BT has opted to use Polycom’s video conferencing platform as the foundation for its video as a service offering
BT Conferencing is to offer its clients a cloud-based video conferencing service, that will utilise Polycom’s RealPresence platform as its foundation.
RealPresence is Polycom’s software infrastructure for video communication, the foundational technology for the company’s transformation from an endpoint vendor to a software-based solutions provider.
The scalability and interoperability of the platform with video collaboration technologies from other vendors makes RealPresence a natural choice for a video as a service (VaaS) efforts like BT’s, according to Gary Testa, global vice president for cloud and service providers at Polycom.
Such interoperability will be important given that 40 percent of the businesses in the past that would have bought the infrastructure technologies to enable video collaboration are now looking to get that capability as a service through the cloud, Testa told eWEEK. With a growing number of vendors – from established companies like Cisco Systems and LifeSize Communications to smaller firms like Vidyo – entering the video collaboration space, interoperability among vendor offerings is key for businesses looking to leverage the technology.
Businesses will want to be able to communicate with employees, partners or customers regardless of whether the video collaboration technology being used by the other people is not the same, he said. In addition, when one company buys another, there usually is a mix of vendor technologies. With BT’s VaaS, businesses won’t have to worry about whether different systems can work together.
Polycom’s been pushing such interoperability by supporting open standards and helping establish the Open Visual Communications Consortium (OVCC), a group created in October 2011 that has about two-dozen members, including BT.
In the partnership announced 6 June, BT will combine the RealPresence platform with its own Onward management software to establish the underlying foundation of its VaaS offering.
Through the collaboration, BT Conferencing customers can opt for Polycom’s RMXbridges software to manage their communications. In addition, Polycom’s RealPresence infrastructure can work with multiple endpoints, from immersive telepresence systems to desktop systems and mobile devices, such as laptops, tablets and smartphones.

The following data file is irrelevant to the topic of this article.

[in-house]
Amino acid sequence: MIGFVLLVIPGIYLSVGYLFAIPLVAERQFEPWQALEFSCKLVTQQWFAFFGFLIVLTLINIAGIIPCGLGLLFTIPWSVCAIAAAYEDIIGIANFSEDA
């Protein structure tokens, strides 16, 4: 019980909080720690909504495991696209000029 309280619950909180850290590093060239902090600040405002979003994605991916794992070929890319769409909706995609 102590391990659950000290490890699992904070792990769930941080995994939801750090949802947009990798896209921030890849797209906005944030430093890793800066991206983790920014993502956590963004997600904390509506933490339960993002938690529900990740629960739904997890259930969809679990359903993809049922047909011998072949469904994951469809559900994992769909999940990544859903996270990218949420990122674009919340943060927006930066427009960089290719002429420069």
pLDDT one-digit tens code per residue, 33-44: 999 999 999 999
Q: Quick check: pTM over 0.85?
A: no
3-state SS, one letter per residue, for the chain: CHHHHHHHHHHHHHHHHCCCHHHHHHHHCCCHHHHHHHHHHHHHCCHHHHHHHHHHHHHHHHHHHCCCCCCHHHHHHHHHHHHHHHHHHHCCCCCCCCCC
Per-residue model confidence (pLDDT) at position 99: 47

Video collaboration is becoming more popular with businesses that are looking for ways, not only to increase employee productivity but also to drive down costs, including travel expenses. According to IDC analysts, video conferencing revenues worldwide grew 14.4 percent over the first quarter, compared with the same period in 2011. In particular, sales of smaller telepresence and personal video conferencing technologies grew 28.5 percent and 52.6 percent, respectively.
However, revenues in the multi-codec telepresence market segment fell 38.7 percent, highlighting how video conferencing is pushing down into enterprises, which are looking for less complex and more affordable options to the large immersive telepresence offerings, which can cost hundreds of thousands of dollars.
That demand is giving rise to vendors like Vidyo, which offer software-only solutions, and is fueling efforts by larger players like Polycom and Cisco to pursue more software-based strategies aimed at getting their video collaboration technologies out to as many endpoints as possible, including smartphones and tablets.
BT Conferencing’s VaaS offerings are available immediately. More information can be found at the company’s Website.
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